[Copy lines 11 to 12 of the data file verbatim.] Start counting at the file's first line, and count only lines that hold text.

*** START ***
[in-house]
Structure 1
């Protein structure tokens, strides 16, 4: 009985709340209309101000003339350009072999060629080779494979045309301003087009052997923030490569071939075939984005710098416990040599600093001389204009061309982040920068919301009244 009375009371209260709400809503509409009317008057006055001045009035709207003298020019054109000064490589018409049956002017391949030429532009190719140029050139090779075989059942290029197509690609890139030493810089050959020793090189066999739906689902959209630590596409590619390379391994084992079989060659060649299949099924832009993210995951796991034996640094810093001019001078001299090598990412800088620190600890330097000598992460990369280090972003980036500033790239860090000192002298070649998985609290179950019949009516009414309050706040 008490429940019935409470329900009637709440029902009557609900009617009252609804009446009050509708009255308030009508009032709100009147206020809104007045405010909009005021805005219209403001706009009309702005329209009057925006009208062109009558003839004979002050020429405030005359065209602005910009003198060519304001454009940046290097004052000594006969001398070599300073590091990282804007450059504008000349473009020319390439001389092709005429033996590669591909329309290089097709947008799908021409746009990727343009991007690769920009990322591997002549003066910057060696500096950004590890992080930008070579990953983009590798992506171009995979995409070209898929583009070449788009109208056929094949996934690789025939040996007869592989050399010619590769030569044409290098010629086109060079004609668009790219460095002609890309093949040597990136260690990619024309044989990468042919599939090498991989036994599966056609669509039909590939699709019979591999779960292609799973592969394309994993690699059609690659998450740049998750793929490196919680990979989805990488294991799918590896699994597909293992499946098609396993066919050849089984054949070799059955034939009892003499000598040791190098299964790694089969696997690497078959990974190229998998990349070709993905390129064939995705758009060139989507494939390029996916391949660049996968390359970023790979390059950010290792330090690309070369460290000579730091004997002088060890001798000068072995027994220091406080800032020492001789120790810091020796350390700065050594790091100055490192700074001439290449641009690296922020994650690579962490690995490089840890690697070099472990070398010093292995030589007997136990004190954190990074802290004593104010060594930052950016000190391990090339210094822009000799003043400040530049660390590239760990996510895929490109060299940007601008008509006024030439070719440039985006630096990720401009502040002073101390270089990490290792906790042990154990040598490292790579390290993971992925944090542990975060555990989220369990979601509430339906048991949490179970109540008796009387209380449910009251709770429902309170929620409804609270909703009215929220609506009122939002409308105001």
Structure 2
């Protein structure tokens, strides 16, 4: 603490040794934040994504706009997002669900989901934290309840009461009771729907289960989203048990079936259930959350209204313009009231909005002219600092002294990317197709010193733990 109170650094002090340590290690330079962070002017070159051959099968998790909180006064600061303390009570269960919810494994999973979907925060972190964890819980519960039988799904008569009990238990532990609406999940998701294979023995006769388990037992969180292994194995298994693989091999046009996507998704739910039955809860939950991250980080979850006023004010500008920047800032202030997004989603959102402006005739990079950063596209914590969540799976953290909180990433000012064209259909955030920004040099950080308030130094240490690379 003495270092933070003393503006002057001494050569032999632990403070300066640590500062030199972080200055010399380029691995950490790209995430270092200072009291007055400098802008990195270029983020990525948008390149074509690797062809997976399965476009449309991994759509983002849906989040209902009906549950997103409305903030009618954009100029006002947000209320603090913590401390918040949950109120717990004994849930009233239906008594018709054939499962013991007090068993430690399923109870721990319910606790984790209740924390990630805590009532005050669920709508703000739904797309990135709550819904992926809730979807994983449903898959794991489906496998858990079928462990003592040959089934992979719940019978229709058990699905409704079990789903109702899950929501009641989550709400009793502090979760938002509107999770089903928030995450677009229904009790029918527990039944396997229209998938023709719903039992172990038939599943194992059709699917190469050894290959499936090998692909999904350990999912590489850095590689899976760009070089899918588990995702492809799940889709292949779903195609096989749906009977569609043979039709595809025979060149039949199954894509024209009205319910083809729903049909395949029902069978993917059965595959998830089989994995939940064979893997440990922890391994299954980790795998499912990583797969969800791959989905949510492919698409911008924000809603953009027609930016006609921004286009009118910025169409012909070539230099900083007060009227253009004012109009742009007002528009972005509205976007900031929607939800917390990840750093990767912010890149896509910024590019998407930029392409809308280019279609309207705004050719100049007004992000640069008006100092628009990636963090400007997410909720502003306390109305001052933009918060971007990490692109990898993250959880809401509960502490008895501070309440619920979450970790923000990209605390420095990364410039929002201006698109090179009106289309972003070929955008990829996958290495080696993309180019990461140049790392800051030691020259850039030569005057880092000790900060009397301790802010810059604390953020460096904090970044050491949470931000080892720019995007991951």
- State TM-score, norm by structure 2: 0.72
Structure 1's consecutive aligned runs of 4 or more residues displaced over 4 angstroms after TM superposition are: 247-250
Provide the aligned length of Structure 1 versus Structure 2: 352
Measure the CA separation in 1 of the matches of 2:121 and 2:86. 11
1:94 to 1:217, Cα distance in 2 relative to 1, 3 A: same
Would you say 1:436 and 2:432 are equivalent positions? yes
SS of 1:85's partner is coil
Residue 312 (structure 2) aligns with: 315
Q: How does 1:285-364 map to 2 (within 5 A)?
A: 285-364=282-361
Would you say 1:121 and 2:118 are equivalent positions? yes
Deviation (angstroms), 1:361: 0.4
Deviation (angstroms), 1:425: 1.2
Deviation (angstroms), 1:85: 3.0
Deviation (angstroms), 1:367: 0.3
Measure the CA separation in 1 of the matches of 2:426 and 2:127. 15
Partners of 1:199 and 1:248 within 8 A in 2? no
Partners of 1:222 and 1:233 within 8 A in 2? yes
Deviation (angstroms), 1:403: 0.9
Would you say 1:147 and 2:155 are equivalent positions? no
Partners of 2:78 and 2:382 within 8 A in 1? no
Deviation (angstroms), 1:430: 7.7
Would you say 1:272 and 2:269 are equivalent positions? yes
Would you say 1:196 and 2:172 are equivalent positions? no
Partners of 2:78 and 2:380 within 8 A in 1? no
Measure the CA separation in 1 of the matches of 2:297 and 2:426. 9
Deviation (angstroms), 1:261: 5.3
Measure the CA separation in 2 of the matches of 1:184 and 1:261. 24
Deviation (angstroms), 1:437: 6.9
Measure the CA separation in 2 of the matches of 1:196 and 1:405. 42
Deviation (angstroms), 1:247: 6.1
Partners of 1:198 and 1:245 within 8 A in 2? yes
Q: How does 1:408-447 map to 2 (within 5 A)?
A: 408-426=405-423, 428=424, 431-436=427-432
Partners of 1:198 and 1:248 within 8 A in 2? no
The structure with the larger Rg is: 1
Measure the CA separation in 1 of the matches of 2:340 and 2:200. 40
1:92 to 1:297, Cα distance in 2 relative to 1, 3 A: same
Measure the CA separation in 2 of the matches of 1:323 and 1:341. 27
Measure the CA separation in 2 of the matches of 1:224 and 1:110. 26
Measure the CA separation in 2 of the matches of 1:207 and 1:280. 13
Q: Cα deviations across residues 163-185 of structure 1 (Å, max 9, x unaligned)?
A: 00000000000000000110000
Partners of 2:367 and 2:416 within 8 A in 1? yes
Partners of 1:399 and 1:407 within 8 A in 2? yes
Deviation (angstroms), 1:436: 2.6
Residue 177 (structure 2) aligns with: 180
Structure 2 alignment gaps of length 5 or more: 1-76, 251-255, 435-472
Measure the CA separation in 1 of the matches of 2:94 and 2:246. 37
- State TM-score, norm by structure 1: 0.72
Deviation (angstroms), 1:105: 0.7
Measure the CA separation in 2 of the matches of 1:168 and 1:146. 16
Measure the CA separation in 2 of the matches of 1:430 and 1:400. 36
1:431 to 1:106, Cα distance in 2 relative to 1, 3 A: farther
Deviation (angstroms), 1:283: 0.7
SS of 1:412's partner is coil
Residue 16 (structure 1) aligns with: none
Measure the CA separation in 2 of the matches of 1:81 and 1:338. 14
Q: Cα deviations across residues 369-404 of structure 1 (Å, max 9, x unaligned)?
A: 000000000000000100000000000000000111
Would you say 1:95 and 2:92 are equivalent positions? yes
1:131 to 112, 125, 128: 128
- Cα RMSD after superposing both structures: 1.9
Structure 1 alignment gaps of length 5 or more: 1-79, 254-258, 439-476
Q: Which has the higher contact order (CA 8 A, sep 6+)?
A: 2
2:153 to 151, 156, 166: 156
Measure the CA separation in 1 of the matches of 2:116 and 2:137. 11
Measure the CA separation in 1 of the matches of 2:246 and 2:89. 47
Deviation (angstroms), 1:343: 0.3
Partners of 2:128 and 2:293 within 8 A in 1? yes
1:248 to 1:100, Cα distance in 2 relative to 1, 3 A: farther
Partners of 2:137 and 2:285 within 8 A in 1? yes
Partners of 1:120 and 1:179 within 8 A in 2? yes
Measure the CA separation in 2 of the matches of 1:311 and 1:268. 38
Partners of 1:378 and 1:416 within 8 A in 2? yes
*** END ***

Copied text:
Would you say 1:436 and 2:432 are equivalent positions? yes
SS of 1:85's partner is coil